Earth-Moon formation

Earth’s Moon might have played an important role in the development and evolution of life on Earth. The Moon was formed via a giant impact in which a Mars-size projectile collided with the young Earth. The ejected material accumulated in orbit around our planet and formed the Moon.

After its formation, the Moon was much closer to Earth than it is today, which caused high tides several times per day. This may have helped promote the very early evolution of life.

Above: An artist impression shows a potential satellite-forming impact on a proto-planet.   Image credit Michael Elser, University of Zurich

In addition, a stable climate of more than a billion years may be essential to guarantee a suitable environment for life. But without its satellite, Earth would suffer chaotic variations of the direction of its spin axis, which would in turn result in dramatic variations of the climate.

Therefore, concerning the habitability of extrasolar planets, it is reasonable to ask: How common are Earth-Moon planetary systems? Sebastian Elser, Prof. Ben Moore and Dr. Joachim Stadel of the University of Zurich, Switzerland, along with Ryuji Morishima of NASA’s Jet Propulsion Laboratory in Pasadena, California, ran a large set of N-body simulations to study the formation of the rocky planets in our solar system via the collisional growth of thousands of small rocky bodies in a disk around the Sun. They identified numerous satellite-forming collisions during this process and estimated the masses of the generated companions.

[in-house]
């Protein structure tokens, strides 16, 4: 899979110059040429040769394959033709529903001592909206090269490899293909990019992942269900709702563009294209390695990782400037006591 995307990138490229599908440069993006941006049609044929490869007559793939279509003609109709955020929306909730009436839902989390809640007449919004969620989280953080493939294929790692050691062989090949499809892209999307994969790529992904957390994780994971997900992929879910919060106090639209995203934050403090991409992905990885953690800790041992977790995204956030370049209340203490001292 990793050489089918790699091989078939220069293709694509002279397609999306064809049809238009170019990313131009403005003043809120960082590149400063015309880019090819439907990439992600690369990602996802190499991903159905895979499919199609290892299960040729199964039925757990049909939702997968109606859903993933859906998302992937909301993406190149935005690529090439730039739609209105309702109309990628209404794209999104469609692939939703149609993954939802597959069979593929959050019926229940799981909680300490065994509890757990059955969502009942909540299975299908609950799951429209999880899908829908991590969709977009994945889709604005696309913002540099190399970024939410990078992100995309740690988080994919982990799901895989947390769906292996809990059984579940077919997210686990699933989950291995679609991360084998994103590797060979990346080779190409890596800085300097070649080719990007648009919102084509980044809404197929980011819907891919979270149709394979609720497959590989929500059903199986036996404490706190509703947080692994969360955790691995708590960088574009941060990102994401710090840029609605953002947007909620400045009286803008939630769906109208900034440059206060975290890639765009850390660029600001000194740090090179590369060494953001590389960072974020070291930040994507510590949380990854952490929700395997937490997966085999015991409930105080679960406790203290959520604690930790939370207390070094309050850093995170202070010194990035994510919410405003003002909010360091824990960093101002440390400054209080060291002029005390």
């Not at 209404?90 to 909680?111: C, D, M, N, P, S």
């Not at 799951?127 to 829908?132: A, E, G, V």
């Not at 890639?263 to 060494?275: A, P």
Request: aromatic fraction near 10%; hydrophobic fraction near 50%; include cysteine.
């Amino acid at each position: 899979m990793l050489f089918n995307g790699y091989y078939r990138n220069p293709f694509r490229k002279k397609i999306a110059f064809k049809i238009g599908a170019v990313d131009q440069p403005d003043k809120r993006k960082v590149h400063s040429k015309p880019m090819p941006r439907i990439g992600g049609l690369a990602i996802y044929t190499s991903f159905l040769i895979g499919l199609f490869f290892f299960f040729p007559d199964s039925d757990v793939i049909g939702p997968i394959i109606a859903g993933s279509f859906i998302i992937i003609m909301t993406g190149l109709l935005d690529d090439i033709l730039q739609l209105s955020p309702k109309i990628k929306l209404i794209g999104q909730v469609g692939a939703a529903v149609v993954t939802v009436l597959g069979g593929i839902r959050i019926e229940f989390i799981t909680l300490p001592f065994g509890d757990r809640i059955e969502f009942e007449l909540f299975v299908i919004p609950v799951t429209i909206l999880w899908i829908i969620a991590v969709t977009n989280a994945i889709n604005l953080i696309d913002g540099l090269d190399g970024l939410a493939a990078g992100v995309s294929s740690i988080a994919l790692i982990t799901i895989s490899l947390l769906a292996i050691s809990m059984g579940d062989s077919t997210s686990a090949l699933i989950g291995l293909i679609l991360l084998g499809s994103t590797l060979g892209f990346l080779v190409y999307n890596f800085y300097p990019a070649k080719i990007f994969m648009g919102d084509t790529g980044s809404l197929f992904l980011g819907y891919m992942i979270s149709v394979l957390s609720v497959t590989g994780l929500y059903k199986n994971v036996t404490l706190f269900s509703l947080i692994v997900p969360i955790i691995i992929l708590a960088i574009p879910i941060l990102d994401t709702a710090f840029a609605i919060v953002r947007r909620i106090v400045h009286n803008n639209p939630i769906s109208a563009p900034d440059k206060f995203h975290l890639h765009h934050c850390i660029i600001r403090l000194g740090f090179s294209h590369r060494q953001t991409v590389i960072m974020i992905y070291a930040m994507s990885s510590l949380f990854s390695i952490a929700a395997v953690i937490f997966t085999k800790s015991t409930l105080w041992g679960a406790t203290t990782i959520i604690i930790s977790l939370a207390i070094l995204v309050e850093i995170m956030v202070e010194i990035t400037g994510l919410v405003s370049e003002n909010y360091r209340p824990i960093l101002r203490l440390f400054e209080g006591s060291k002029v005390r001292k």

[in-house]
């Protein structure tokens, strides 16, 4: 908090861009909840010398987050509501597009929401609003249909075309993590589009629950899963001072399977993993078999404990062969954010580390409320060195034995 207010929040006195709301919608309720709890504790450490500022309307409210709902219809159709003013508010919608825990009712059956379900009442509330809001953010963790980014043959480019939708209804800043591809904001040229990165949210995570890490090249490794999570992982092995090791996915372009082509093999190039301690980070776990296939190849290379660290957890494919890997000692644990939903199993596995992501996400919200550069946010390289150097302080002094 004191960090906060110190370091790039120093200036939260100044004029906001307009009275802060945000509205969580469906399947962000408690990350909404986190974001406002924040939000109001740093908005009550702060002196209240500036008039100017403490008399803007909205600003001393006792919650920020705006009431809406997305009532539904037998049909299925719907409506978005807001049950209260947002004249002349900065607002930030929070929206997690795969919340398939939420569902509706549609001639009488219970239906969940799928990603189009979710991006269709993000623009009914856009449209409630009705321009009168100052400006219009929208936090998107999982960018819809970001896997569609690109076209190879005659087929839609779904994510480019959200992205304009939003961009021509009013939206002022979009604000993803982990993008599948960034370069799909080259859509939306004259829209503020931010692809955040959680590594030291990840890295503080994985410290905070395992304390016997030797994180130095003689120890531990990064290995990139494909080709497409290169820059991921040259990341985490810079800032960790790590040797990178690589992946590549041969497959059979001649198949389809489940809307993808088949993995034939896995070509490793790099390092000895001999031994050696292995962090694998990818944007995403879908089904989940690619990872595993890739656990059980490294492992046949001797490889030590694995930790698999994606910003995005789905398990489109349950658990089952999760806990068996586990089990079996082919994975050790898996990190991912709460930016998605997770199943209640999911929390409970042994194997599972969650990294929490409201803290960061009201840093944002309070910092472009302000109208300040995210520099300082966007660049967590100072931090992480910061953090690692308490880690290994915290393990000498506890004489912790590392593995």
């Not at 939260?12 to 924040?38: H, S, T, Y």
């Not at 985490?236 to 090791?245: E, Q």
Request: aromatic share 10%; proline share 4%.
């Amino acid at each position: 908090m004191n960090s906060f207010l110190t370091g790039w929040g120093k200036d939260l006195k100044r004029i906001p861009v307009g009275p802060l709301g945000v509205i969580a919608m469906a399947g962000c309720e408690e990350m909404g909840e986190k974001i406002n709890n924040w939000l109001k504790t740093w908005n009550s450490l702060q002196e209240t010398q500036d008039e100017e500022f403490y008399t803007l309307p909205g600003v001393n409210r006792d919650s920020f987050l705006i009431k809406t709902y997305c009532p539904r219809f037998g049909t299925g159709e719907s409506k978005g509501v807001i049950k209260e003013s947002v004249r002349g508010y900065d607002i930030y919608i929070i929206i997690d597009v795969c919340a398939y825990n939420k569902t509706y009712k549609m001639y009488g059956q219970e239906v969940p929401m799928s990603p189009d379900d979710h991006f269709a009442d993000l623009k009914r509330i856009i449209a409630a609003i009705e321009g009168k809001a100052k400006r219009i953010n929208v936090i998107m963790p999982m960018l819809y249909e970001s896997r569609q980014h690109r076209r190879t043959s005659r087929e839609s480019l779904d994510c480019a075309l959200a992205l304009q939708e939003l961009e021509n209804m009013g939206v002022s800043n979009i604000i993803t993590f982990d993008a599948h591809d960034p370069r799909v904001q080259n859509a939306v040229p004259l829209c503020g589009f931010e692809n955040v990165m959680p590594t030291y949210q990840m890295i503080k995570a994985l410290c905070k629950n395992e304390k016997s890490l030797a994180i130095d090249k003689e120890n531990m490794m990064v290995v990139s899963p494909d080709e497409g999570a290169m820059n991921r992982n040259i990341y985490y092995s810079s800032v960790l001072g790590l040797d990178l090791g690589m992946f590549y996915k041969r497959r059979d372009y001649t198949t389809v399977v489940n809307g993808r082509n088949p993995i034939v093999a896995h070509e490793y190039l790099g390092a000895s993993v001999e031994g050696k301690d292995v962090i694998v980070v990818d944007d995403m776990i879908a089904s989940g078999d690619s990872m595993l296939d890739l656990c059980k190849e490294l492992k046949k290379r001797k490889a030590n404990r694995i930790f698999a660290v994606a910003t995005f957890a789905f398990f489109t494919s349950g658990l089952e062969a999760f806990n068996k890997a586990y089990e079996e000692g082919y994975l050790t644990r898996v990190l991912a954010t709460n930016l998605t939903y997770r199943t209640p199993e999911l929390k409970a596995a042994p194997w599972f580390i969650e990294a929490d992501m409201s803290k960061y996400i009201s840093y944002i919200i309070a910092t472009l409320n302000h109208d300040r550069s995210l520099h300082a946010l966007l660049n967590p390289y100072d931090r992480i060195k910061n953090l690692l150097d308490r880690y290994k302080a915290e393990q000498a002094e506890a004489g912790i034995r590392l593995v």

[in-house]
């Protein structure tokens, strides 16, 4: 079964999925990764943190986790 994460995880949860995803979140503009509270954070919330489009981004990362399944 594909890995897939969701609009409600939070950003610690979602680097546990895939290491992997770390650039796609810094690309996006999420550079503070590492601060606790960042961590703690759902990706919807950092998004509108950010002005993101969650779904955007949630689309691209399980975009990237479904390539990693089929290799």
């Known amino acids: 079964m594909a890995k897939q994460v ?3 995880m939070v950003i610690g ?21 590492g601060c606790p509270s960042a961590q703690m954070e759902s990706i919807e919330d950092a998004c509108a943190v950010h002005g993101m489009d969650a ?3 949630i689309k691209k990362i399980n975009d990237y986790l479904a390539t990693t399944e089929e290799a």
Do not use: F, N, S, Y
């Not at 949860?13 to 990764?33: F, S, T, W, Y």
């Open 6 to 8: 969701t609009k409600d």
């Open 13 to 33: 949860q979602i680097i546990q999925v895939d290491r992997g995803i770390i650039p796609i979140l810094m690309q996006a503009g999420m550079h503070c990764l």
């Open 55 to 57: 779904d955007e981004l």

Moreover, they took into account the orbital evolution of the satellites, since tidal forces change the spin and orbit of a satellite and can cause it to be lost within a few thousand years in the most extreme cases. Finally, they studied the subsequent collision history, since giant impacts after the epoch of satellite formation may pose a challenge to the survival of a satellite. They find that Earth-Moon planetary systems occur relatively frequently, with more than 1 in 12 terrestrial planets hosting a massive moon. Uncertainties in the study result in a range of 1 in 4 to 1 in 45. Further work and more N-body simulations are needed to obtain more precise results.

This work is being presented at the Extreme Solar Systems II conference in Jackson, Wyoming, and appears in the August 2011 issue of Icarus. The research was financially supported by the University of Zurich.

Extreme Solar Systems II website:

Icarus paper:< /a> (preprint)

Caption 1: This evolutionary “merger tree” illustrates the collision history between the initially small rocky bodies that result in the formation of a single planet-satellite system from one of our simulations. The root of the tree is the final planet and the branches show the numerous collisions that take place early on. The width of the lines give the size of the forming planet, and every knee in the tree illustrates when a merger occurs between two objects. The red branch shows the history of the giant impactor that leads to the formation of the planet’s moon.